The advent of Bitcoin post-dated the last bout of inflation so there is no evidence to rely on but it seems plausible that Bitcoin would provide a good hedge against inflation all things considered.

The big $ question #2

So: if Bitcoin has no value from blockchain and no prospect of being a transaction currency and in the absence of inflation it has little attraction, then why is its price soaring?

Part of it is the same reason why RobinHood is booming (see “Machines of loving grace” Jun 19, 2020) and why the price of Tesla has soared (see “Tesla the madness of cars” Sep 4, 2020). There are clear speculative pressures, particularly in the US, fuelled by federal cheques and an absence of gambling opportunities. There are squadrons of Twitter and Tiktok experts extolling the virtues of Bitcoin and now even Investment banks are forecasting the future price movement of it.

Elon Musk, the founder and “Technoking” of Tesla has invested $1.5bn of Tesla cash into Bitcoin. It is one of the signs of our age that Tesla – a company whose market capitalisation peaked at just short of $1 trillion – has made more profit from this investment in Bitcoin than it has in its entire history making cars.

Bitcoin could even go higher. Much higher. If institutional money (the largest investment houses and pension funds etc.) decided to buy Bitcoin its price would balloon from here. The justification for buying Bitcoin as an asset or as a portfolio diversifier is that it has uncorrelated returns from other asset classes.

To make our position on this quite clear, the arguments proposing Bitcoin as an asset class are specious and without merit.

We think a much closer analogy to what Bitcoin truly is, can be seen in the work of art, a digital collage, “Everydays: The First 5000 Days” by Beeple (Mike Winklemann). This sold for $69m in March and garnered widespread attention for a few unusual features.

  1. It was the third highest price paid for a piece from a living artist. He sits behind only Jeff Koons and David Hockney. For context the highest price ever received by Pablo Picasso in his lifetime was $0.5m.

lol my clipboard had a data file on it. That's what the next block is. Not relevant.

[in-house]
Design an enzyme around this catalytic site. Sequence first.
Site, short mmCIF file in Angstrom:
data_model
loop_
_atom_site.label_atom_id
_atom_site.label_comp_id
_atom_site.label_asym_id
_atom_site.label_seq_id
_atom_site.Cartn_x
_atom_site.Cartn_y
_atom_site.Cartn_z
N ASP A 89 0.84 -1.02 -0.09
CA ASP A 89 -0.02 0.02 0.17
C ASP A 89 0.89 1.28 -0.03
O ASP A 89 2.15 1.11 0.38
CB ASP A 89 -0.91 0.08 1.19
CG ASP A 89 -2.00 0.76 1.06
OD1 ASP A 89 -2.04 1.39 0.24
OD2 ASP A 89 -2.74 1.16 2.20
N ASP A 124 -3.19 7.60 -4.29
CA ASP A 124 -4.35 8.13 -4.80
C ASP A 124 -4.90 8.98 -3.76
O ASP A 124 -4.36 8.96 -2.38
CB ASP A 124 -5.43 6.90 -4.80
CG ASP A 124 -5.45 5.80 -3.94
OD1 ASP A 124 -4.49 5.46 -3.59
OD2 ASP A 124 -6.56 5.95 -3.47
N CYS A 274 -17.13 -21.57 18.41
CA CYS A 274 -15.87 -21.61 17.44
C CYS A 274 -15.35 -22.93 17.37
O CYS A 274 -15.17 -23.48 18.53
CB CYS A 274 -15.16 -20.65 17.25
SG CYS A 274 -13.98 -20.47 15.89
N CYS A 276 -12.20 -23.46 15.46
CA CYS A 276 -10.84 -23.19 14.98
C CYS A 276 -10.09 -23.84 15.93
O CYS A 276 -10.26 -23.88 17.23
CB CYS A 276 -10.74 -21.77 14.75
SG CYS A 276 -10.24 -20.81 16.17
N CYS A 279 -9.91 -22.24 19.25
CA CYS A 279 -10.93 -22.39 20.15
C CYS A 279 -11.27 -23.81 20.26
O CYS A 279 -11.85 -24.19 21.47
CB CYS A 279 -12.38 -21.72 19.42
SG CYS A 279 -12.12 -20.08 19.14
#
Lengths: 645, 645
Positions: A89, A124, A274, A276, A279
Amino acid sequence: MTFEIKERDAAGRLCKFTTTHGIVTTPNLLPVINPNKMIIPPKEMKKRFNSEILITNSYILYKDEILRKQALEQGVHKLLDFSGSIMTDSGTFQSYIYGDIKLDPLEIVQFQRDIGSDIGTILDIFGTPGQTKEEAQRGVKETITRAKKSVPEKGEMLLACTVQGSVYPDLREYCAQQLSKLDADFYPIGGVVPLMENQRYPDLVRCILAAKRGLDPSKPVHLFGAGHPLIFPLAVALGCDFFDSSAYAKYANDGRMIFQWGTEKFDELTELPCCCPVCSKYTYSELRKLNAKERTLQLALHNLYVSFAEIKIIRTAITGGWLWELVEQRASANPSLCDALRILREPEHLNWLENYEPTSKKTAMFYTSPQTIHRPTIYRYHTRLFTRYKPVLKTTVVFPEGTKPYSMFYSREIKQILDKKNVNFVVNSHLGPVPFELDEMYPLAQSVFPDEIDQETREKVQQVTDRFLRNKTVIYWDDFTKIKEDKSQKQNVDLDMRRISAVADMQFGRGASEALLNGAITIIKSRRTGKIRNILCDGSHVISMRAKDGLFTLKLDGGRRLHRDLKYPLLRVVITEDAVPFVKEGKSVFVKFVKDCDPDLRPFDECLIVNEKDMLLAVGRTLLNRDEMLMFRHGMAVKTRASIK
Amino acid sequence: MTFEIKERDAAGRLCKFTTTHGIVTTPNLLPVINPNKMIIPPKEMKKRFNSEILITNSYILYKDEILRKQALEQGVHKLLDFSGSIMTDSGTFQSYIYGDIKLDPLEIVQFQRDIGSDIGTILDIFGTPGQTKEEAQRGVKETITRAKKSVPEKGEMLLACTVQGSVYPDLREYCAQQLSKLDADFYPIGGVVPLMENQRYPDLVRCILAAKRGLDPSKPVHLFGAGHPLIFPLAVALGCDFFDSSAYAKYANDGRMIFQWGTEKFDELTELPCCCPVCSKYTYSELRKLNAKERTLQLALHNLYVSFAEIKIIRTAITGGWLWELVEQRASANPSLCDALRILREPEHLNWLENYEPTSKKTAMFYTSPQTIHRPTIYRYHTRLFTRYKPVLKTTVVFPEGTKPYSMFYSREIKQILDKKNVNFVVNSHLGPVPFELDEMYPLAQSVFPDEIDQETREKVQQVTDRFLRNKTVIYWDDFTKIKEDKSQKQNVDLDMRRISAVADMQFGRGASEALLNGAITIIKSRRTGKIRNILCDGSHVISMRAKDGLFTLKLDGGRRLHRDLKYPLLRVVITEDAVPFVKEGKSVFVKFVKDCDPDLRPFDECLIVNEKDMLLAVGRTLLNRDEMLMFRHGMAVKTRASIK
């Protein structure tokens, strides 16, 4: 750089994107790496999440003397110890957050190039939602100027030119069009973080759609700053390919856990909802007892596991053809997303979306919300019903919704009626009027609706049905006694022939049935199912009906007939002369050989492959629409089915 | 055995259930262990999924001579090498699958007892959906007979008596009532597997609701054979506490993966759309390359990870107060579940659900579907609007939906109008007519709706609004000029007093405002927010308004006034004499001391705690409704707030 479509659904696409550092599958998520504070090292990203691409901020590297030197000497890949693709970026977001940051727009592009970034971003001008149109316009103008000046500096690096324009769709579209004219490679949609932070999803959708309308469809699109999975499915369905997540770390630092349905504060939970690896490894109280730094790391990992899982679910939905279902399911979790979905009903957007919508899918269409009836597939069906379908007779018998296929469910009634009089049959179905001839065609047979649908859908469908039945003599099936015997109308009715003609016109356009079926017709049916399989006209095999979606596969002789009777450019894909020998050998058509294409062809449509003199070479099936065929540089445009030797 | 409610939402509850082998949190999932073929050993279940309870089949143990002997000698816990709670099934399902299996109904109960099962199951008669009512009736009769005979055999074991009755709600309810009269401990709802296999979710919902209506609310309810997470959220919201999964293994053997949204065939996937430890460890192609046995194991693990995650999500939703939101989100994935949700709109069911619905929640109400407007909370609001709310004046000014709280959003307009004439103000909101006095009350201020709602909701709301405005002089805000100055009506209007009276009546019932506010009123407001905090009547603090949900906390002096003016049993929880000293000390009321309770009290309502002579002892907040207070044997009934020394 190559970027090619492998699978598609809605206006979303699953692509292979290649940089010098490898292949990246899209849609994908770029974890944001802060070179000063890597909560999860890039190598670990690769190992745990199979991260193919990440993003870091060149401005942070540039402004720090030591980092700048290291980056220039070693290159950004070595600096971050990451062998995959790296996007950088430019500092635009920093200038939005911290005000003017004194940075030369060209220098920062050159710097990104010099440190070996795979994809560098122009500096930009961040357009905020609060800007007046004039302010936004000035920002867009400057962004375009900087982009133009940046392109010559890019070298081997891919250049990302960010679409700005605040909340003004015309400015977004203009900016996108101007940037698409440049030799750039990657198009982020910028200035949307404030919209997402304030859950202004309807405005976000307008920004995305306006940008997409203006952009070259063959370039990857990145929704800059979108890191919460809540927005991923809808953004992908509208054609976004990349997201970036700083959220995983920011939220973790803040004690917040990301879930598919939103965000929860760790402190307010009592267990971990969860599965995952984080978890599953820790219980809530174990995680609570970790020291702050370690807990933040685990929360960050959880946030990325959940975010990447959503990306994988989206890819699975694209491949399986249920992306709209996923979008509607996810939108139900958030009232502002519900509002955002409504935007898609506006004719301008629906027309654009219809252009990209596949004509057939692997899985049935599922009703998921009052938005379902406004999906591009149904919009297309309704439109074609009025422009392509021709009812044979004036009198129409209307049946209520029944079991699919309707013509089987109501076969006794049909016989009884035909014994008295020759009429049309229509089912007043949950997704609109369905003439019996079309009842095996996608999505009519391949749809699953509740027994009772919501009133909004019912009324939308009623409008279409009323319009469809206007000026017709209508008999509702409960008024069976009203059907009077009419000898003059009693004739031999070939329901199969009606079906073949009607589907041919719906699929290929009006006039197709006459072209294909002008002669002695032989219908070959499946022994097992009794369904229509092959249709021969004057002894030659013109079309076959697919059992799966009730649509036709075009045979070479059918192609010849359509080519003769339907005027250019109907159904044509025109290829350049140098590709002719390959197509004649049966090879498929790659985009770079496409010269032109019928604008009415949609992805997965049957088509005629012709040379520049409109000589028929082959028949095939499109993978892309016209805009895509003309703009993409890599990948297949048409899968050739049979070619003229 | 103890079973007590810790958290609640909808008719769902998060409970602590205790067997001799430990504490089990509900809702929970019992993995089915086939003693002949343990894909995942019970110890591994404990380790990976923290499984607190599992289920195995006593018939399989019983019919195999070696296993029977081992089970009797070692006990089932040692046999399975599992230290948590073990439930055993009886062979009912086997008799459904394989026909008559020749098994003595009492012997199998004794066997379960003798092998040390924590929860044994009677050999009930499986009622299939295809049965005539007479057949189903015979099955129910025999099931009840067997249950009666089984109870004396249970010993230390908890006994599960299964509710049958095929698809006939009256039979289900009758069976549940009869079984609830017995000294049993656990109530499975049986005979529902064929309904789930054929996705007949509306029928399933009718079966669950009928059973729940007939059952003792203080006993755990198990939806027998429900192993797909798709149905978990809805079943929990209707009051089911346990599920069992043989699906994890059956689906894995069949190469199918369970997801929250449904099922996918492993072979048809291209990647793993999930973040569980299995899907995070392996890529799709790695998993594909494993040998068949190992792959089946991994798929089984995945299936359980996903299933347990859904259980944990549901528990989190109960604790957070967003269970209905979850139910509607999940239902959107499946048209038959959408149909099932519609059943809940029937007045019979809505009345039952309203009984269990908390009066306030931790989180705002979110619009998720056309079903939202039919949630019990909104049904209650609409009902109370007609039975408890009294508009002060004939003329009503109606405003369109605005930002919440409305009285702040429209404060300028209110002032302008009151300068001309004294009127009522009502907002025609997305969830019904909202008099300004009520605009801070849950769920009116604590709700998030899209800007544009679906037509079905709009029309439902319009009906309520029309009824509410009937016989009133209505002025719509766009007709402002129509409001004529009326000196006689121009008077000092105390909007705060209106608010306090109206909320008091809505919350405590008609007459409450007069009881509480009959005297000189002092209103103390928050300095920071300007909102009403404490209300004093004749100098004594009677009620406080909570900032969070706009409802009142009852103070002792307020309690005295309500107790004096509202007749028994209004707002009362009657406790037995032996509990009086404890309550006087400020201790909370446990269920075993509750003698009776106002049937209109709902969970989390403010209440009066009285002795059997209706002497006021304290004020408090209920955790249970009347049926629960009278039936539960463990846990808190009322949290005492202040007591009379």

2. The work of art is not tangible. It is a digital image.
  3. Ownership of the image is not confirmed by a document or a certificate. It is demonstrated with reference to a Non-Fungible Token or NFT. This is a record on a blockchain.
  4. Until six months before the sale of this image the highest price Mike Winklemann had ever sold a print for was $100.

Now you can shake your head at the madness of it all, but how much is a work of art “worth”? If a piece by Damien Hirst is worth £50m, then why not a piece by Beeple? If you argue that the Damian Hirst piece is not worth £1m you could mount a strong case, but it is worth what the buyer was willing to pay and there are few objective points to reference. It is not as if the piece has an earnings stream or cashflow you could value. Its value is purely speculative and it is high because of its perceived artistic merit, the hype around the artist and the newness of the concept of NFT’s and the scarcity of the item.

Many of these features can be seen in Bitcoin and understanding perceptions of Bitcoin is easier when you view it through the prism of being a work of art rather than an investment asset. 

Bitcoin may continue to rise, it may crash to the ground. That will be determined by the collective efforts of those that have propelled it to these heights. However, it is not an investment and we will not consider it as such for our clients.



Everydays: The First 5000 Days” by Beeple.